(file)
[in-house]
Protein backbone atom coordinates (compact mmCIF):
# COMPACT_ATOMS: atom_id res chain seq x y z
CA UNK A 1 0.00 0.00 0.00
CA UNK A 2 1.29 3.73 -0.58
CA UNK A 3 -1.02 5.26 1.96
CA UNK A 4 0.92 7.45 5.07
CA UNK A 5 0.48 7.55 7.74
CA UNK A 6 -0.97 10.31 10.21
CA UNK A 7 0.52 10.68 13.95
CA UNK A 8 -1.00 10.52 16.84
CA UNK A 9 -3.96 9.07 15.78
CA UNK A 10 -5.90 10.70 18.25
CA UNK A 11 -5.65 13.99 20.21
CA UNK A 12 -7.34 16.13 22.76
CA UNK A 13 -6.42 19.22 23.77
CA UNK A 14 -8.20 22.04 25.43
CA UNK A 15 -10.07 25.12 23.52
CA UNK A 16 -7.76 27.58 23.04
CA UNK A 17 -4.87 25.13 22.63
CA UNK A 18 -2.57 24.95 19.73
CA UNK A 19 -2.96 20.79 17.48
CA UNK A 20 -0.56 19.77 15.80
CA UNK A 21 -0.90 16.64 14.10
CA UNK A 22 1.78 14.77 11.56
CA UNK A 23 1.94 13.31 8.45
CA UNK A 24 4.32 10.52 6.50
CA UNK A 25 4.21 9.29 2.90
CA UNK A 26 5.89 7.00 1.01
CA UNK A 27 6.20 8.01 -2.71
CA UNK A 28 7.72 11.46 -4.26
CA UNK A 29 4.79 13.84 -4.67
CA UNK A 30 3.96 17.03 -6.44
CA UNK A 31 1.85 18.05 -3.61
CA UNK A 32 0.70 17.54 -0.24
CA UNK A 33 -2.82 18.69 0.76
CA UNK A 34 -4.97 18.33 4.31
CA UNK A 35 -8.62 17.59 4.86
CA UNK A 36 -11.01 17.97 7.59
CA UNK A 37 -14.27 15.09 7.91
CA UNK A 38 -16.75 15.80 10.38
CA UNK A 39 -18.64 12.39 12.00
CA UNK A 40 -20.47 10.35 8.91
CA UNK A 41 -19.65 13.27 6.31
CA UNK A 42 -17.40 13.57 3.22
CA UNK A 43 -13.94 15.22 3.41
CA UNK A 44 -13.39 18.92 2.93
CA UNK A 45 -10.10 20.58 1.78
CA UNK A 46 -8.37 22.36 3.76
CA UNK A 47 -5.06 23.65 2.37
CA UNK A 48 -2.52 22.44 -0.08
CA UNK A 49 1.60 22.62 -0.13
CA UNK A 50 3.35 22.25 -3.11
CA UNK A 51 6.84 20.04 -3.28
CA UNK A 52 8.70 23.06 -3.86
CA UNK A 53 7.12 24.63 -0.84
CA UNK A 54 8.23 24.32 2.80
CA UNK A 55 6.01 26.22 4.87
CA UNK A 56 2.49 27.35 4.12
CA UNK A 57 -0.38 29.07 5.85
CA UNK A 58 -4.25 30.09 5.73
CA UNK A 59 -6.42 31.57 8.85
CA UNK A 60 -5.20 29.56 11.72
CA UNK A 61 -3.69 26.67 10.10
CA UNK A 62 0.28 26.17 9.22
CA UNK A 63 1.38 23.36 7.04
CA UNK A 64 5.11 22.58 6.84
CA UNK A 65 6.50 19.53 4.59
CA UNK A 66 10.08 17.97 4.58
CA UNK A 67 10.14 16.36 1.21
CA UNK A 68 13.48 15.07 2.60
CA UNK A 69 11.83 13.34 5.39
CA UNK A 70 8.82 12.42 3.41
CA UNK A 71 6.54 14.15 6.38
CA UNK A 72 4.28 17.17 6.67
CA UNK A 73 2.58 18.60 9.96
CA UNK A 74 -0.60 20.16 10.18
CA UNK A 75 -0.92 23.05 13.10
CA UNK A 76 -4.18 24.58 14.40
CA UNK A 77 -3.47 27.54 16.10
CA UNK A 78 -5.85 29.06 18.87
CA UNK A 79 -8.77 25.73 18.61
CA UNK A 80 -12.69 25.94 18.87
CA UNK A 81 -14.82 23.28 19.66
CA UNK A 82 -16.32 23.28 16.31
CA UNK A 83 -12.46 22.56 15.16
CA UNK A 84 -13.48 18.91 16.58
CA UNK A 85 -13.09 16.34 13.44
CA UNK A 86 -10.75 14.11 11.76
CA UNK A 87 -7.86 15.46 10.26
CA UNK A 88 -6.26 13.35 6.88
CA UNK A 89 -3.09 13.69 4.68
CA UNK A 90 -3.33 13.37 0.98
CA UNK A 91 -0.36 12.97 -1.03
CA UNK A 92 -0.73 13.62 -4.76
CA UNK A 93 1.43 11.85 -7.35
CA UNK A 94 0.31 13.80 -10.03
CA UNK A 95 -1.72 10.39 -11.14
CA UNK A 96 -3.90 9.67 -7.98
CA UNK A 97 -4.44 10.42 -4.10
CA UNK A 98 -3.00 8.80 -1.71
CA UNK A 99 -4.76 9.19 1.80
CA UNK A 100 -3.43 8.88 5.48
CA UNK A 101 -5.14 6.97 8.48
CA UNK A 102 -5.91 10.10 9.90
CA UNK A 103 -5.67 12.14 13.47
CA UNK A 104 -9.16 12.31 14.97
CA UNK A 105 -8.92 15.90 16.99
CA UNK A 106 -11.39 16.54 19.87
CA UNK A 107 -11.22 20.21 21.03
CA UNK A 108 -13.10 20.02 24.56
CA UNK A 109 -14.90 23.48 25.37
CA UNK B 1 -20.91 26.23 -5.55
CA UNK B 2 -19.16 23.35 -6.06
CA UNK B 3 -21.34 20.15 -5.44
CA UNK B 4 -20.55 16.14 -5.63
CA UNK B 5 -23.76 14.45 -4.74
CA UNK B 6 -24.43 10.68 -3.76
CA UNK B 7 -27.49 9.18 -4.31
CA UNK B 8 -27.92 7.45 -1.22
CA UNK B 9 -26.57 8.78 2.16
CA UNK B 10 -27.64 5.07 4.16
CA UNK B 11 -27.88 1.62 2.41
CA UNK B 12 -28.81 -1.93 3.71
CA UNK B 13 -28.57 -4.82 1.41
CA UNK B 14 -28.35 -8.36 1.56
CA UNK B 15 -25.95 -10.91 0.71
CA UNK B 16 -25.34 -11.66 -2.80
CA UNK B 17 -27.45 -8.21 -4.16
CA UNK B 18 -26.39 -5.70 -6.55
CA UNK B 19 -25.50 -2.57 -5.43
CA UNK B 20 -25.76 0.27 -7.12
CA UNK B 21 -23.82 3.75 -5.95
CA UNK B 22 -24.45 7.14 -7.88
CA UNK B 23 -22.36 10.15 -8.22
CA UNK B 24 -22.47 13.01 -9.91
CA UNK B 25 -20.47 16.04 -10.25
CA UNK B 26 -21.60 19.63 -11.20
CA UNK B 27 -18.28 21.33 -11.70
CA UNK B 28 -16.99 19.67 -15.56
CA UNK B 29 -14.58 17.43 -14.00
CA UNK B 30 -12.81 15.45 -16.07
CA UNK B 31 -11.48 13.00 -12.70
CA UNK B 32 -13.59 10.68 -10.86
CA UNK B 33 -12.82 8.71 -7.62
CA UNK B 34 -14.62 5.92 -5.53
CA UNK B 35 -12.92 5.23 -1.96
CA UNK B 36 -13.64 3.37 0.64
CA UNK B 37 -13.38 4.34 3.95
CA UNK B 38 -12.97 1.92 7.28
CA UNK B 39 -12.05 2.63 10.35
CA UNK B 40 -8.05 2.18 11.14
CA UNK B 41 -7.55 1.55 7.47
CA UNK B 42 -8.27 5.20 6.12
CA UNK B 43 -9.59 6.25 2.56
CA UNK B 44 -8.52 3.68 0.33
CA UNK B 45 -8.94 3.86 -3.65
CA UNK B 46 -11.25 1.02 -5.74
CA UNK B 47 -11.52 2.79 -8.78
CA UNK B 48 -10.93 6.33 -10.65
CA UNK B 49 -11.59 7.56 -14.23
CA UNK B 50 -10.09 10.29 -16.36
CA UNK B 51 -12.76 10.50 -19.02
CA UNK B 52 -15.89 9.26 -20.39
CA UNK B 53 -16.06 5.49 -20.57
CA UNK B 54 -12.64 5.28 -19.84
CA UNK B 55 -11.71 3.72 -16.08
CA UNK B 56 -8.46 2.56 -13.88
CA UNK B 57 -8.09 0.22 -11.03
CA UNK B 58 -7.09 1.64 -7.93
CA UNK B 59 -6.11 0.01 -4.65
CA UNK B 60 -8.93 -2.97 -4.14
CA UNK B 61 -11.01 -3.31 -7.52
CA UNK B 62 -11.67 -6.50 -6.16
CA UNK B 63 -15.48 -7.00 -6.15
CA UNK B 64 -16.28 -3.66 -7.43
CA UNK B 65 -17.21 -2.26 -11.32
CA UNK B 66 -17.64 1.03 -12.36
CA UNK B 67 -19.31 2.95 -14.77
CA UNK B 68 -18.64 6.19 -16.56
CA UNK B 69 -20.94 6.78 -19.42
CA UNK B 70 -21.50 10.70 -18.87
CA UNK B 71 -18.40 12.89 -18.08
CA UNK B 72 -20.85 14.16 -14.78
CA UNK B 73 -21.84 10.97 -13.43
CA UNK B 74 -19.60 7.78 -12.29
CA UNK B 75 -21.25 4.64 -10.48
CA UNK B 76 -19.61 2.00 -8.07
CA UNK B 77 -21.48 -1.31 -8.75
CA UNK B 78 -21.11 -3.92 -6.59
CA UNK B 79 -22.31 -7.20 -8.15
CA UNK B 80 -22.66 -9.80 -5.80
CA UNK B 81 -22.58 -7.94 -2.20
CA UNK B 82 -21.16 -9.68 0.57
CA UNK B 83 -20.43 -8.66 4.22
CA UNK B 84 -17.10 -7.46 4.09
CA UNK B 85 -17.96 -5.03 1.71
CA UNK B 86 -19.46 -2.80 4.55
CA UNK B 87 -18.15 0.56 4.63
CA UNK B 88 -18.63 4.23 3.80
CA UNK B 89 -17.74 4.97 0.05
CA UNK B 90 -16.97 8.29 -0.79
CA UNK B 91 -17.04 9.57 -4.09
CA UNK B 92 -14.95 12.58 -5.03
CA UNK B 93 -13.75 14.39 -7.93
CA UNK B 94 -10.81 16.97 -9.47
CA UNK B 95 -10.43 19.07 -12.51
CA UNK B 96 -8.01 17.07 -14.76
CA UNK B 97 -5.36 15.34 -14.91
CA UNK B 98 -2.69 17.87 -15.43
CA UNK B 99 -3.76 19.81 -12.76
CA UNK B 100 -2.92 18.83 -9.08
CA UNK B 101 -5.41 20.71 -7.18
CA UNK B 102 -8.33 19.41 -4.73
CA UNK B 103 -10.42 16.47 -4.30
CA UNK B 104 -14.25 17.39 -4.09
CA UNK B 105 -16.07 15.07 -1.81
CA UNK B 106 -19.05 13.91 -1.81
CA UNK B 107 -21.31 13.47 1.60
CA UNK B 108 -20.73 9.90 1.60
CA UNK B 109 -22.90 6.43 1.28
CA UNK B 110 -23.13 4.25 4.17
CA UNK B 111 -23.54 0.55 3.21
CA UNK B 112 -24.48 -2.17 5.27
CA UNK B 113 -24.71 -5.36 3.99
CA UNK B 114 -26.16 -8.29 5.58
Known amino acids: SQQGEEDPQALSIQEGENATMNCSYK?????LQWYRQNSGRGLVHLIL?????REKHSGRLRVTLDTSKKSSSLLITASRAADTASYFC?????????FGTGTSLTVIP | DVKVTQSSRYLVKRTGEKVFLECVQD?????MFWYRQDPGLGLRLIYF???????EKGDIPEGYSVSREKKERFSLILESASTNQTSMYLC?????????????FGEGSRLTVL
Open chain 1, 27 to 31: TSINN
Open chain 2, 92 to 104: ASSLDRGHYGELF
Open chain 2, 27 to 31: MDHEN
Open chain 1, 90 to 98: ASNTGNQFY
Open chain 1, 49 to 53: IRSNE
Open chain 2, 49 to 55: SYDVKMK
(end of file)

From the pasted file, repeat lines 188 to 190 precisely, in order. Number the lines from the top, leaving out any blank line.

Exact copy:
CA UNK B 76 -19.61 2.00 -8.07
CA UNK B 77 -21.48 -1.31 -8.75
CA UNK B 78 -21.11 -3.92 -6.59